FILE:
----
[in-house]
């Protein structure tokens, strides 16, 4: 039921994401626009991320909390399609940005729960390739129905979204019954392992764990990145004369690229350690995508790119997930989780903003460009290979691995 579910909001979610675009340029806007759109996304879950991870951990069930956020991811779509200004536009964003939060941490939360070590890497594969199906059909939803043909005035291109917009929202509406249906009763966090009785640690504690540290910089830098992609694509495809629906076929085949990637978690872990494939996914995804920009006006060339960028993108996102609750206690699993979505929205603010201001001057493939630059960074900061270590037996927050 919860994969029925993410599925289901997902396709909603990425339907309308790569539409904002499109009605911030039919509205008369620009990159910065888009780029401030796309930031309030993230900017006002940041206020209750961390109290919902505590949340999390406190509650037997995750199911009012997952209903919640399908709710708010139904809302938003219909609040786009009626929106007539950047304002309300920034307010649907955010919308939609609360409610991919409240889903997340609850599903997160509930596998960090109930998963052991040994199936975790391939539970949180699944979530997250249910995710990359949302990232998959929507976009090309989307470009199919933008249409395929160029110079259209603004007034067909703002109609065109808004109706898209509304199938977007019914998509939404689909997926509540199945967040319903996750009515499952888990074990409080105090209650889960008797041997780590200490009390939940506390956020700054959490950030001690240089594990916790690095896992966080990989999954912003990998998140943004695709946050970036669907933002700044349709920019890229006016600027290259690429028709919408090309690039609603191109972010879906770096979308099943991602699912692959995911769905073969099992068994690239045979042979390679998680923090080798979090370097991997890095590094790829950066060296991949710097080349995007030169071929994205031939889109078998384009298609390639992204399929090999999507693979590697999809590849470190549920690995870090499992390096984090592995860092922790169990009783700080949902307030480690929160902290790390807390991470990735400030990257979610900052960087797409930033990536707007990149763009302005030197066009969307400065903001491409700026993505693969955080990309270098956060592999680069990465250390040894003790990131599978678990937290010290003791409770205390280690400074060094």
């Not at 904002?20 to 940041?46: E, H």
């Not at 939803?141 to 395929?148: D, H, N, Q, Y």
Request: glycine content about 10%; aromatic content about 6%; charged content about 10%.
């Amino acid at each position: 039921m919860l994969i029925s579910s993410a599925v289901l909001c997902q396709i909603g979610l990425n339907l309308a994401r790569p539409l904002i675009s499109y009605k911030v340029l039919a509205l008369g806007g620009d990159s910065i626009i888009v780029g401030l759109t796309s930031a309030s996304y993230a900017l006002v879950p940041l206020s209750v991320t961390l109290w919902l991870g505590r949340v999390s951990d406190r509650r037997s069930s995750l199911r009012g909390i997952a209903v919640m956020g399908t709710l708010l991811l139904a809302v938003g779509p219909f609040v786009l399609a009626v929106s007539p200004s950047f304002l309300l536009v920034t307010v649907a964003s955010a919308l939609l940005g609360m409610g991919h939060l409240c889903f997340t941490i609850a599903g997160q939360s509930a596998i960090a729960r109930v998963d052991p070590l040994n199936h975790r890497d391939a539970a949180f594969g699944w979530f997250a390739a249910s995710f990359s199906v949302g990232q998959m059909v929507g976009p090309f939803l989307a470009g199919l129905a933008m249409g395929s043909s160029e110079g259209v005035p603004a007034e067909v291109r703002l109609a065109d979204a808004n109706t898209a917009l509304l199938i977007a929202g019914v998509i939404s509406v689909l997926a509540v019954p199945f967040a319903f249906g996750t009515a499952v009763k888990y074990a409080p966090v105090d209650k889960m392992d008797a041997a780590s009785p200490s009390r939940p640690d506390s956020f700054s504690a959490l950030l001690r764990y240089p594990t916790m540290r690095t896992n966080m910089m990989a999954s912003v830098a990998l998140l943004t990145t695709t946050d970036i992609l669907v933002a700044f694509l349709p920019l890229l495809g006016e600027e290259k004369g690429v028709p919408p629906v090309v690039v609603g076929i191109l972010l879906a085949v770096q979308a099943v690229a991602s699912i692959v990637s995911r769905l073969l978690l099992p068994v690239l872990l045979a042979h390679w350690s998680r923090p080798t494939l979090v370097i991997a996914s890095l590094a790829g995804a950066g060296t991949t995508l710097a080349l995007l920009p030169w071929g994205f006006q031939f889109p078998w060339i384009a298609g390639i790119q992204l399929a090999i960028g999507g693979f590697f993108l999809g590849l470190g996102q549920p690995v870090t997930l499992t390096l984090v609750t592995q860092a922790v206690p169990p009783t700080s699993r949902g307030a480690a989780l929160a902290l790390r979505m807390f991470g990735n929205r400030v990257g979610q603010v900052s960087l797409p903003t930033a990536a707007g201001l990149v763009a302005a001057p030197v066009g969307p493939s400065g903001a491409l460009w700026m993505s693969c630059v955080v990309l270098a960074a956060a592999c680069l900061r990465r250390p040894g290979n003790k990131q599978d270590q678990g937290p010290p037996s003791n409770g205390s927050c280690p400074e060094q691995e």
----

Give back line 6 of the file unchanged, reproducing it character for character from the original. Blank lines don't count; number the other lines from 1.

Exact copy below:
């Amino acid at each position: 039921m919860l994969i029925s579910s993410a599925v289901l909001c997902q396709i909603g979610l990425n339907l309308a994401r790569p539409l904002i675009s499109y009605k911030v340029l039919a509205l008369g806007g620009d990159s910065i626009i888009v780029g401030l759109t796309s930031a309030s996304y993230a900017l006002v879950p940041l206020s209750v991320t961390l109290w919902l991870g505590r949340v999390s951990d406190r509650r037997s069930s995750l199911r009012g909390i997952a209903v919640m956020g399908t709710l708010l991811l139904a809302v938003g779509p219909f609040v786009l399609a009626v929106s007539p200004s950047f304002l309300l536009v920034t307010v649907a964003s955010a919308l939609l940005g609360m409610g991919h939060l409240c889903f997340t941490i609850a599903g997160q939360s509930a596998i960090a729960r109930v998963d052991p070590l040994n199936h975790r890497d391939a539970a949180f594969g699944w979530f997250a390739a249910s995710f990359s199906v949302g990232q998959m059909v929507g976009p090309f939803l989307a470009g199919l129905a933008m249409g395929s043909s160029e110079g259209v005035p603004a007034e067909v291109r703002l109609a065109d979204a808004n109706t898209a917009l509304l199938i977007a929202g019914v998509i939404s509406v689909l997926a509540v019954p199945f967040a319903f249906g996750t009515a499952v009763k888990y074990a409080p966090v105090d209650k889960m392992d008797a041997a780590s009785p200490s009390r939940p640690d506390s956020f700054s504690a959490l950030l001690r764990y240089p594990t916790m540290r690095t896992n966080m910089m990989a999954s912003v830098a990998l998140l943004t990145t695709t946050d970036i992609l669907v933002a700044f694509l349709p920019l890229l495809g006016e600027e290259k004369g690429v028709p919408p629906v090309v690039v609603g076929i191109l972010l879906a085949v770096q979308a099943v690229a991602s699912i692959v990637s995911r769905l073969l978690l099992p068994v690239l872990l045979a042979h390679w350690s998680r923090p080798t494939l979090v370097i991997a996914s890095l590094a790829g995804a950066g060296t991949t995508l710097a080349l995007l920009p030169w071929g994205f006006q031939f889109p078998w060339i384009a298609g390639i790119q992204l399929a090999i960028g999507g693979f590697f993108l999809g590849l470190g996102q549920p690995v870090t997930l499992t390096l984090v609750t592995q860092a922790v206690p169990p009783t700080s699993r949902g307030a480690a989780l929160a902290l790390r979505m807390f991470g990735n929205r400030v990257g979610q603010v900052s960087l797409p903003t930033a990536a707007g201001l990149v763009a302005a001057p030197v066009g969307p493939s400065g903001a491409l460009w700026m993505s693969c630059v955080v990309l270098a960074a956060a592999c680069l900061r990465r250390p040894g290979n003790k990131q599978d270590q678990g937290p010290p037996s003791n409770g205390s927050c280690p400074e060094q691995e």